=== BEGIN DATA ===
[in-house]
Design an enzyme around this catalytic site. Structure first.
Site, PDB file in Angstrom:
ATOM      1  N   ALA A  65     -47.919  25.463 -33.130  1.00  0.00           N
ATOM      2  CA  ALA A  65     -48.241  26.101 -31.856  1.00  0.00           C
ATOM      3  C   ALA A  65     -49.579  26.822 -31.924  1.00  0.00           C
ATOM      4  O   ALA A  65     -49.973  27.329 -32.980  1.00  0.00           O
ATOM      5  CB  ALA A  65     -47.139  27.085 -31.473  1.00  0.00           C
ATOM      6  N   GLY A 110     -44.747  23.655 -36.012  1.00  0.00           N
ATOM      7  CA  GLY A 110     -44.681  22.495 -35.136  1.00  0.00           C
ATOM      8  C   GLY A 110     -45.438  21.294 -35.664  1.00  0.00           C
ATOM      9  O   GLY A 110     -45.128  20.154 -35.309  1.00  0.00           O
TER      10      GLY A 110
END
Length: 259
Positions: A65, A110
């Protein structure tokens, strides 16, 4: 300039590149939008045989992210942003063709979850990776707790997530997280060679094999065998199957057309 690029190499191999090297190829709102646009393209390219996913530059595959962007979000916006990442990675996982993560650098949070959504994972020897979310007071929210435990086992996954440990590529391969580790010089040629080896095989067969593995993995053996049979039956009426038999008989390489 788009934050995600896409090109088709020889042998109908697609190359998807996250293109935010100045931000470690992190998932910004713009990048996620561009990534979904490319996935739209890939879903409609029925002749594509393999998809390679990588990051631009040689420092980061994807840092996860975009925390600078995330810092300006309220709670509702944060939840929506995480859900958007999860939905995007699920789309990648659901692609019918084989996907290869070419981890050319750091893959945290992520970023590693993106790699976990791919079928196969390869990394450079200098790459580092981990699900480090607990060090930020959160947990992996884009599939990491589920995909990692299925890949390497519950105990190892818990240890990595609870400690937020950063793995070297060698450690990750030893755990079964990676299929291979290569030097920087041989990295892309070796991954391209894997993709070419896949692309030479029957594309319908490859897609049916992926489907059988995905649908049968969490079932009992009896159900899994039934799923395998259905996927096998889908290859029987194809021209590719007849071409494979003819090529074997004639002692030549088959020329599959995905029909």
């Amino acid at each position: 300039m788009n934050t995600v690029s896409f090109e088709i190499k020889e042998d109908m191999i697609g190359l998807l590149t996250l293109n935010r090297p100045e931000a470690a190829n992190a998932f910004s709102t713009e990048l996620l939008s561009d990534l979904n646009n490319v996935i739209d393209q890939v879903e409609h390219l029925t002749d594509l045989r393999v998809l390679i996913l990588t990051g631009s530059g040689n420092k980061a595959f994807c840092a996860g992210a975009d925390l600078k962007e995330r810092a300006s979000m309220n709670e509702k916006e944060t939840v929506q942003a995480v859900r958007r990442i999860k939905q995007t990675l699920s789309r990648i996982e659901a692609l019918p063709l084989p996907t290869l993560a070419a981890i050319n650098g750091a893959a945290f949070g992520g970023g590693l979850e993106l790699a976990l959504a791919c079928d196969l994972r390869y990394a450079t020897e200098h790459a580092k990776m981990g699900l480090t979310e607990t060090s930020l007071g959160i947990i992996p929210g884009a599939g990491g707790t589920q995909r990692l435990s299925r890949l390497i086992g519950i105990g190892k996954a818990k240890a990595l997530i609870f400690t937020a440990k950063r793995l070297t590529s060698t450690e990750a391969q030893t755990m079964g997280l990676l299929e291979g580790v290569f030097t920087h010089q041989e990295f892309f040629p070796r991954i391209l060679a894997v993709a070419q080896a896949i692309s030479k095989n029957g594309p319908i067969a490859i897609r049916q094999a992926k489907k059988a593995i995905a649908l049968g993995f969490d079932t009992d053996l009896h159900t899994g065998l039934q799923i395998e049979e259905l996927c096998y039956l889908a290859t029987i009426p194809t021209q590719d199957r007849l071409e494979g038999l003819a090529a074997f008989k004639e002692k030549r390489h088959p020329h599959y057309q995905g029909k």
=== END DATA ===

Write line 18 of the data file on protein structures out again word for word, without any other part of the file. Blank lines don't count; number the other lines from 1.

């Amino acid at each position: 300039m788009n934050t995600v690029s896409f090109e088709i190499k020889e042998d109908m191999i697609g190359l998807l590149t996250l293109n935010r090297p100045e931000a470690a190829n992190a998932f910004s709102t713009e990048l996620l939008s561009d990534l979904n646009n490319v996935i739209d393209q890939v879903e409609h390219l029925t002749d594509l045989r393999v998809l390679i996913l990588t990051g631009s530059g040689n420092k980061a595959f994807c840092a996860g992210a975009d925390l600078k962007e995330r810092a300006s979000m309220n709670e509702k916006e944060t939840v929506q942003a995480v859900r958007r990442i999860k939905q995007t990675l699920s789309r990648i996982e659901a692609l019918p063709l084989p996907t290869l993560a070419a981890i050319n650098g750091a893959a945290f949070g992520g970023g590693l979850e993106l790699a976990l959504a791919c079928d196969l994972r390869y990394a450079t020897e200098h790459a580092k990776m981990g699900l480090t979310e607990t060090s930020l007071g959160i947990i992996p929210g884009a599939g990491g707790t589920q995909r990692l435990s299925r890949l390497i086992g519950i105990g190892k996954a818990k240890a990595l997530i609870f400690t937020a440990k950063r793995l070297t590529s060698t450690e990750a391969q030893t755990m079964g997280l990676l299929e291979g580790v290569f030097t920087h010089q041989e990295f892309f040629p070796r991954i391209l060679a894997v993709a070419q080896a896949i692309s030479k095989n029957g594309p319908i067969a490859i897609r049916q094999a992926k489907k059988a593995i995905a649908l049968g993995f969490d079932t009992d053996l009896h159900t899994g065998l039934q799923i395998e049979e259905l996927c096998y039956l889908a290859t029987i009426p194809t021209q590719d199957r007849l071409e494979g038999l003819a090529a074997f008989k004639e002692k030549r390489h088959p020329h599959y057309q995905g029909k």